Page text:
This tragicomedy is now in the hands of Congress or, more accurately, of congressional Democrats. It is only because so many Democrats are defecting that Obama gave the AU speech in the first place. And why he tried so mightily to turn the argument into a partisan issue — those warmongering Republicans attacking a president offering peace in our time. Obama stooped low, accusing the Republican caucus of making “common cause” with the Iranian “hard-liners” who shout “Death to America.”

Forget the gutter ad hominem. This is delusional. Does Obama really believe the Death-to-America hard-liners are some kind of KKK fringe? They are the government, for God’s sake — the entire state apparatus of the Islamic Republic from the Revolutionary Guards to the supreme leader Ayatollah Khamenei who for decades have propagated, encouraged, and applauded those very same “Death to America” chants.

Common cause with the Iranian hard-liners? Who more than Obama? For years, they conduct a rogue nuclear weapons program in defiance of multiple Security Council declarations of its illegality backed by sanctions and embargoes. Obama rewards them with a treaty that legitimates their entire nuclear program, lifts the embargo on conventional weapons and ballistic missiles, and revives an economy — described by Iran’s president as headed back to “the Stone Age” under sanctions — with an injection of up to $150 billion in unfrozen assets, permission for the unlimited selling of oil, and full access to the international financial system.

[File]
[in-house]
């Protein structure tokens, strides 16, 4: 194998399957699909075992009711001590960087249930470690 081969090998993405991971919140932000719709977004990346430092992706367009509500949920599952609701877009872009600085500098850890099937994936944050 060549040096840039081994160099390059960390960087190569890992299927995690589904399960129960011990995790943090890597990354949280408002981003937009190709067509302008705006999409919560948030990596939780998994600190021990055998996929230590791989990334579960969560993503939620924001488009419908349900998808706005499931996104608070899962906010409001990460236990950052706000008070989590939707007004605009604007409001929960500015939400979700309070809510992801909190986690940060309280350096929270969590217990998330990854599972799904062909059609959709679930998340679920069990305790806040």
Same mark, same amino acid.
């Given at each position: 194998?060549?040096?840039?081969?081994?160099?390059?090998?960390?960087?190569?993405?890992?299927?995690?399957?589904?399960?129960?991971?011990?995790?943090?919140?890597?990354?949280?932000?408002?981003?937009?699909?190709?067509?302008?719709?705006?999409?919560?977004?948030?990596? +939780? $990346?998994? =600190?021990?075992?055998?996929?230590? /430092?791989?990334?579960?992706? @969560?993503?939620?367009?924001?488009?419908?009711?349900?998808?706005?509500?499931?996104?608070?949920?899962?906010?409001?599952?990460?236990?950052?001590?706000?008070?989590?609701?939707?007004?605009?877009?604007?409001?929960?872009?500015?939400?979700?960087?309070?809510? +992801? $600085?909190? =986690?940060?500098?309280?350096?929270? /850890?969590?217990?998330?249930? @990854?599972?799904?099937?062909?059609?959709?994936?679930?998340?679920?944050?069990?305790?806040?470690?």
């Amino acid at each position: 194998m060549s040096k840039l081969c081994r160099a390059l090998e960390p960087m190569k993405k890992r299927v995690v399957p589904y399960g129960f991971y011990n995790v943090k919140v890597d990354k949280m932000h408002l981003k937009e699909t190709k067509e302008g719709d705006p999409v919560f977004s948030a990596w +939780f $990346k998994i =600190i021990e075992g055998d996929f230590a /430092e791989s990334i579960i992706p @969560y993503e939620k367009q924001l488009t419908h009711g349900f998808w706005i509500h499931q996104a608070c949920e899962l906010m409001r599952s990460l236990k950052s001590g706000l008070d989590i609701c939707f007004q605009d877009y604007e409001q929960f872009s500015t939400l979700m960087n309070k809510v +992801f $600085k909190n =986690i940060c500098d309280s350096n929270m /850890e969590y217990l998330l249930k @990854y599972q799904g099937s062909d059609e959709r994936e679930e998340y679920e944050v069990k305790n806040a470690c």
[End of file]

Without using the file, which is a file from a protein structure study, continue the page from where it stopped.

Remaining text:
With this agreement, this repressive, intolerant, aggressive, supremely anti-American regime — the chief exporter of terror in the world — is stronger and more entrenched than it has ever been.

Common cause, indeed.

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Micro-Totalitarianism

From Walter E. Williams:

George Orwell said, “There are some ideas so absurd that only an intellectual could believe them.” If one wants to discover the truth of Orwell’s statement, he need only step upon most college campuses.
Faculty leaders of the University of California consider certain statements racism and feel they should not be used in class. They call it micro-aggression. To them, micro-aggressive racist statements are: “America is the land of opportunity.” That is seen as perpetuating the myth of meritocracy. “There is only one race, the human race.” Such a statement is seen as denying the individual as a racial/cultural being. “I believe the most qualified person should get the job.” That’s “racist” because it gives the impression that “people of color are given extra unfair benefits because of their race.”

These expressions don’t exhaust the list of micro-aggressions. Other seemingly innocuous statements deemed unacceptable are: “Everyone can succeed in this society, if they work hard enough,” “When I look at you, I don’t see color,” or “Affirmative action is racist.” Perhaps worst of all is, “Where are you from or where were you born?” For more of this, see a document released by The College Fix titled “Diversity in the Classroom,” UCLA Diversity and Faculty Development.